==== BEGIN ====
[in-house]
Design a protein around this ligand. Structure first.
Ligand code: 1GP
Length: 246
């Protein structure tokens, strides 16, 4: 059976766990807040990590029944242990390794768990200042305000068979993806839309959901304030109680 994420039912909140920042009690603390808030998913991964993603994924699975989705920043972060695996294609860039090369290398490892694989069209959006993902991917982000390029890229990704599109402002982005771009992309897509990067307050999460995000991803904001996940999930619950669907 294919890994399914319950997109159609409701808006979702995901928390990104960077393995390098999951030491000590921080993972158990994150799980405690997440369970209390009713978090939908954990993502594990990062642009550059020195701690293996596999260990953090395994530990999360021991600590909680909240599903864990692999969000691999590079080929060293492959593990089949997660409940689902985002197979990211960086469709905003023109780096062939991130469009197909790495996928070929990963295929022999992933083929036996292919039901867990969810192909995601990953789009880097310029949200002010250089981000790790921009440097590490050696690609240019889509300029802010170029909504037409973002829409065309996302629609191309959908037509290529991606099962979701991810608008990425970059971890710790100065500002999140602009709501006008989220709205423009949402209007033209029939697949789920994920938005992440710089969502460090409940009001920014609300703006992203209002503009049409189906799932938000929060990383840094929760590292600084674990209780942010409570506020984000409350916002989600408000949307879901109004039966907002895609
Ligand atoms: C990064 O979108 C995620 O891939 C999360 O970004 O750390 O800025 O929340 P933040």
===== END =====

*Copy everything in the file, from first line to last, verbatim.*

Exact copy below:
[in-house]
Design a protein around this ligand. Structure first.
Ligand code: 1GP
Length: 246
């Protein structure tokens, strides 16, 4: 059976766990807040990590029944242990390794768990200042305000068979993806839309959901304030109680 994420039912909140920042009690603390808030998913991964993603994924699975989705920043972060695996294609860039090369290398490892694989069209959006993902991917982000390029890229990704599109402002982005771009992309897509990067307050999460995000991803904001996940999930619950669907 294919890994399914319950997109159609409701808006979702995901928390990104960077393995390098999951030491000590921080993972158990994150799980405690997440369970209390009713978090939908954990993502594990990062642009550059020195701690293996596999260990953090395994530990999360021991600590909680909240599903864990692999969000691999590079080929060293492959593990089949997660409940689902985002197979990211960086469709905003023109780096062939991130469009197909790495996928070929990963295929022999992933083929036996292919039901867990969810192909995601990953789009880097310029949200002010250089981000790790921009440097590490050696690609240019889509300029802010170029909504037409973002829409065309996302629609191309959908037509290529991606099962979701991810608008990425970059971890710790100065500002999140602009709501006008989220709205423009949402209007033209029939697949789920994920938005992440710089969502460090409940009001920014609300703006992203209002503009049409189906799932938000929060990383840094929760590292600084674990209780942010409570506020984000409350916002989600408000949307879901109004039966907002895609
Ligand atoms: C990064 O979108 C995620 O891939 C999360 O970004 O750390 O800025 O929340 P933040």